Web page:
Depending on your current strength and how long you’ve been lifting weights, it might take anywhere from 12 to 36 months for you to increase your bench press from 225 pounds to 315 pounds. In addition, anthropometric factors such as total body mass, lean muscle, total arm length, and biacromial breadth all have a role in how much weight a person can bench and how quickly they can improve their performance.

Body shape and conformation provide important contributions to maximal strength performance in highly trained strength athletes, according to the findings of a research that was conducted at the University of Tulsa in Oklahoma on a group of 36 men (Caruso et al. 2012).

On the other hand, the identical bench press research conducted on women who had never done weight training found that anthropometric factors had no effect on the outcomes of the 1RM test.

225 To 315 Bench Program

If you want to increase your bench press from 225 to 315, the best method to accomplish it is to follow a full-body split regimen that allows you to train the chest muscle in each and every exercise. You may also apply progressive overload by lowering the number of reps you do and increasing the resistance to somewhere between 70 and 90 percent of your one-repetition maximum. This will provide the most beneficial hormonal reactions.

225 To 315 Bench Program

Let’s take it apart, shall we?

A exercise that targets the whole body enables you to do the bench press even three to four times a week. If you want to go to 315, you can get there by doing as little as two chest exercises per session. The first is a really challenging compound movement, such as the bench press, and the second is an aided lift, such as push-ups, performed at the very end of the session.

When you are exercising for strength, you should limit the number of repetitions in each set to five. While doing this, you should also try to increase the number of sets you do in order to keep the same amount of training volume. For instance, 5×5 is the ideal combination to use in order to reach the strength as quickly as feasible.

The term “progressive overload” refers to the process of gradually adding greater weight to the bar. It is preferable to raise the weight you are lifting rather than continuing to do the same set of repetitions (225) for an ever-increasing number of reps until you reach 315.

The process must be repeated. Keep in mind that benching 315 is a difficult exercise. It took me more than 5 years to complete. You are now responsible for what happens next. Good luck

When doing bench press, should you contact your chest?

When completing the barbell flat bench press, the barbell should lightly touch the centre of your chest. You assure a full range of motion by touching the bar to your chest, which engages more muscle fibers.

F.A.Q How many reps of 225 to bench 315

Is a 225 bench impressive?

A 225 bench for a woman under 200 pounds, on the other hand, would be a highly competitive (advanced or elite) level lift according to most strength standards. You should compete in professional powerlifting if you’re a woman who can rep 225.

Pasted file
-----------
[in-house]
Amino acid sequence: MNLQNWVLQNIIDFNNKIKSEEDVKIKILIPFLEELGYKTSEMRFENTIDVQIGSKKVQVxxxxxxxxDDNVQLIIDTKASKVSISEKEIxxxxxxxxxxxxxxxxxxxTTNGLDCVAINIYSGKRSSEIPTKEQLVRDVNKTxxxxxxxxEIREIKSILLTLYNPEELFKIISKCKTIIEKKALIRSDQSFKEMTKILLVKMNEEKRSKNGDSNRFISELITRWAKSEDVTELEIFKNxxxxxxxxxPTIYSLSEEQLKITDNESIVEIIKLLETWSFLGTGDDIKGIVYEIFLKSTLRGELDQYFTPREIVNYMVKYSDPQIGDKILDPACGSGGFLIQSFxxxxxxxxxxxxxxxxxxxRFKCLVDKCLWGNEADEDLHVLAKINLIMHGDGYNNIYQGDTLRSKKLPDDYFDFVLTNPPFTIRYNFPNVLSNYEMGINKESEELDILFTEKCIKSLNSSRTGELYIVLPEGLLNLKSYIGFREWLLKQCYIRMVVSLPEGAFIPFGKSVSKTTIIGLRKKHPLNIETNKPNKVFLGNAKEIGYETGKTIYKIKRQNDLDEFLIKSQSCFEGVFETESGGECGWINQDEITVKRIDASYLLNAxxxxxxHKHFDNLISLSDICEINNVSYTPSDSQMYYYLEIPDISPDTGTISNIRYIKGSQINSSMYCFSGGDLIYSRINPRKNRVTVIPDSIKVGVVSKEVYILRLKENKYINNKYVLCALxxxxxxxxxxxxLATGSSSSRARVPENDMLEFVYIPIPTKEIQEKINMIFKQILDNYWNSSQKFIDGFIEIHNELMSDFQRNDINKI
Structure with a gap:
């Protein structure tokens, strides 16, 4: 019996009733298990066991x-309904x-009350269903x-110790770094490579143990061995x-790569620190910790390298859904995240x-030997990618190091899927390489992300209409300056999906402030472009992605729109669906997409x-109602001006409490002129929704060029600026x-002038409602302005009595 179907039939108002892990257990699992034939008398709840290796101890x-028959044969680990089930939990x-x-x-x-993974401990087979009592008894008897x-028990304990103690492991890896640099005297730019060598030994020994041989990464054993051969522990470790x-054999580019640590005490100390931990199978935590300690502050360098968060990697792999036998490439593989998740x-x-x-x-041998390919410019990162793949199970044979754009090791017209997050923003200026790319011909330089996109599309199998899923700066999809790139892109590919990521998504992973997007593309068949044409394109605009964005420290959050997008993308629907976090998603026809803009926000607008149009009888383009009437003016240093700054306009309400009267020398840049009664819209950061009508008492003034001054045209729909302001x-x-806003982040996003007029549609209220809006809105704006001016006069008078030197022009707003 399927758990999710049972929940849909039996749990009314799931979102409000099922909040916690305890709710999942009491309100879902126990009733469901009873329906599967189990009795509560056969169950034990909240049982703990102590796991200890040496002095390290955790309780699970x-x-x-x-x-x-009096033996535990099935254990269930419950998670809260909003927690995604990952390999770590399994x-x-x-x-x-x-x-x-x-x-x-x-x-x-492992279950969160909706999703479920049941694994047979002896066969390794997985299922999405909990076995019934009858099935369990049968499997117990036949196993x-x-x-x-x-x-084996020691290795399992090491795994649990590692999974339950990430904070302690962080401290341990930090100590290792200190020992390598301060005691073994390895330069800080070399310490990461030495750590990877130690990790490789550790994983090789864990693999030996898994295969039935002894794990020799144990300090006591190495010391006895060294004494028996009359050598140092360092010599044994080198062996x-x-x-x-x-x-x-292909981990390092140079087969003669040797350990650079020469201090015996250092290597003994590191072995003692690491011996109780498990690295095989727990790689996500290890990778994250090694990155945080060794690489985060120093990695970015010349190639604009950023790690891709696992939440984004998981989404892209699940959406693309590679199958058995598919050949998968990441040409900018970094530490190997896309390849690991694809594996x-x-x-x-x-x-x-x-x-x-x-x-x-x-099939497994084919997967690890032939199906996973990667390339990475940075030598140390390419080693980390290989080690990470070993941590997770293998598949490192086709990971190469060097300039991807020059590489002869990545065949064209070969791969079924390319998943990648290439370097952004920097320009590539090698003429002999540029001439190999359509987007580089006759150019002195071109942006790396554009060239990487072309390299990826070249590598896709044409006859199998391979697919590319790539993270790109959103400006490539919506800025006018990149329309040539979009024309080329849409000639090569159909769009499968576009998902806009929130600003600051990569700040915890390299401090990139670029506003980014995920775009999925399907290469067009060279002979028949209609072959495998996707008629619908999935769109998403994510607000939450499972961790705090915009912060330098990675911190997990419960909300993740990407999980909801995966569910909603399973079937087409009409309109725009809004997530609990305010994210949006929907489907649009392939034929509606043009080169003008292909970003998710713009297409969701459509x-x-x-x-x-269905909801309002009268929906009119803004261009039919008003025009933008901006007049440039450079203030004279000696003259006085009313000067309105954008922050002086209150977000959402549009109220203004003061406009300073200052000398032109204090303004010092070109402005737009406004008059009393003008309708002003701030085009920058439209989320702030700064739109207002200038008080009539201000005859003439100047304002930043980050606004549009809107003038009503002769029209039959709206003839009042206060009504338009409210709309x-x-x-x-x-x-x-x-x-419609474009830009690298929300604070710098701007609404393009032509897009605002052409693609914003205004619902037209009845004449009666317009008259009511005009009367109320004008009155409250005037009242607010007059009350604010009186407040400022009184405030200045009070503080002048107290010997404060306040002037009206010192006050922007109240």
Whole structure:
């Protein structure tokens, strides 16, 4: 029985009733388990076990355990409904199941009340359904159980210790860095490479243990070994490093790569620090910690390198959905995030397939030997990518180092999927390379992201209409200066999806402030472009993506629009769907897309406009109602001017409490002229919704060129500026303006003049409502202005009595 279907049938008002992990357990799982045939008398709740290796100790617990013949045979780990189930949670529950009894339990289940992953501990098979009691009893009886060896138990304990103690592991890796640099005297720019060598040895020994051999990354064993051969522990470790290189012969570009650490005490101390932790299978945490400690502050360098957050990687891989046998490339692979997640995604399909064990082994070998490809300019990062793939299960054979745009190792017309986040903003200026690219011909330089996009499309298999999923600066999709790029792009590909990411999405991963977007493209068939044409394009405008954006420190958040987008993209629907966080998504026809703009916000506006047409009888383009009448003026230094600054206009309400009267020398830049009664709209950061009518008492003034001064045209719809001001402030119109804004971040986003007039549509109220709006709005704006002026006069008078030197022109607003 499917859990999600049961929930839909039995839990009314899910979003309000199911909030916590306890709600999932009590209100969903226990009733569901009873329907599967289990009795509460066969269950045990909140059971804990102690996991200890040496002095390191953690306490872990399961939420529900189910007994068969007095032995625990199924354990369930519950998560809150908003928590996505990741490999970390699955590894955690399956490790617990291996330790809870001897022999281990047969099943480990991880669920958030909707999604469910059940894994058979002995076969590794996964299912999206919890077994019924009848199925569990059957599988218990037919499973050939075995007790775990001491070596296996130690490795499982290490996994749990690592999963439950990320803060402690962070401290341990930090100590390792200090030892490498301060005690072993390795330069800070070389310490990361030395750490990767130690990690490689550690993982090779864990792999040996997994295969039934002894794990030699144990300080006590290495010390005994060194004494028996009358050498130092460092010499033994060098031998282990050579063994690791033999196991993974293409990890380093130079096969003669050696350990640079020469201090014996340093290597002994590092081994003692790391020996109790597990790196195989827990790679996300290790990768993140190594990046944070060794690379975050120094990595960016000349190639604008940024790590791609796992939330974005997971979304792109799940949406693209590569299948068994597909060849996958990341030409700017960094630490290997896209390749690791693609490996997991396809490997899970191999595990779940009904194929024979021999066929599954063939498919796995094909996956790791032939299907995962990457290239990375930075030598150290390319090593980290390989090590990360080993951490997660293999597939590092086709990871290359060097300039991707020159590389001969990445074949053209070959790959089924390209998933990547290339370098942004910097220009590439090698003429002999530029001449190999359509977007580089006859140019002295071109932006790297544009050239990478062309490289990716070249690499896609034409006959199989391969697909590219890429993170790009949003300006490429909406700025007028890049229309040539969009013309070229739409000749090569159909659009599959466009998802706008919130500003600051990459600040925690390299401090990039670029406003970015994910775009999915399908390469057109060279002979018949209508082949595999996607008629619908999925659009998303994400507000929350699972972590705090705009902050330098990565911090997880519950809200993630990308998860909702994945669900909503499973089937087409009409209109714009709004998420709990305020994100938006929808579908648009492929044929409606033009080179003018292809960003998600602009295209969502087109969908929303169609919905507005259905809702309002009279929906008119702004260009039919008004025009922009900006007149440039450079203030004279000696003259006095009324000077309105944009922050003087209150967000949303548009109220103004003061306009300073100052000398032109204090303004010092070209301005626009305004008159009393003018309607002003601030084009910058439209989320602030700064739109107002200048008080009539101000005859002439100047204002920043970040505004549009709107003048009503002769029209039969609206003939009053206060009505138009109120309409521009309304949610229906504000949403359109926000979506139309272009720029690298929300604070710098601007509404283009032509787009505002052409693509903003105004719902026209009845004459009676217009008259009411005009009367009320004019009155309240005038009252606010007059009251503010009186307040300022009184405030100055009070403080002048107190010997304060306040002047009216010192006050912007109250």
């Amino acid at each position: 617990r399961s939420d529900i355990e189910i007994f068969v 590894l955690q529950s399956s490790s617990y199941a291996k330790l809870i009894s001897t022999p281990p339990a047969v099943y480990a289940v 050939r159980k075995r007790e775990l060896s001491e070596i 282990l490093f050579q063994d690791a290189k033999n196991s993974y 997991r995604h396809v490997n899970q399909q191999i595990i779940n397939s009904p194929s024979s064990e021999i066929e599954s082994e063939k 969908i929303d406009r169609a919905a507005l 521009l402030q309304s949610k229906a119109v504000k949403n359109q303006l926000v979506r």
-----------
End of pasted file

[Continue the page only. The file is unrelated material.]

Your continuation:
How long does it take to go from 315 to 405 bench?

Reduce your weight, defer gratification, and get the rewards later. When I was 18, I benched 315 pounds for the first time, 365 pounds at 210 pounds, and 405 pounds at 228 pounds. It took me four years to get from 315 to 405 points.

How much should I bench press for my weight?

For those just starting out, a good starting point is to be able to bench press fifty percent of your body weight. At the intermediate level, a lifter can bench press their own body weight, but at the elite level, the required weight is twice the lifter’s own weight.

What does PR mean in weight lifting?

PR is short for “personal record.” It indicates that you were successful in doing one full repetition with a weight that you have never lifted before.


Not everyone is capable of benching 315 pounds. On the bench press, reaching the 315-rep mark requires around 11 to 12 repetitions of 225. On the other hand, the forecasts are not always correct. A good rule of thumb is to concentrate on achieving even the most little victories and to avoid considering the number itself to be the objective, rather than using it as a signal of progress alone.

Field John

If you are an avid believer in health and fitness and want to do something for your team, I can help. As the founder of Field Goals Fitness, I lead a collective of health and fitness professionals dedicated to helping Australians lead a more active and healthier lifestyle. With a warm, friendly, and supportive approach that gets results, I enjoy helping individuals & organisations achieve sustainable success with their health and fitness goals. Certifying as a Personal Trainer in 2009, was a turning point in my life. I had spent 14 years in the corporate world in Business Development roles and decided to take all that I had learnt in sales and marketing and start my own business.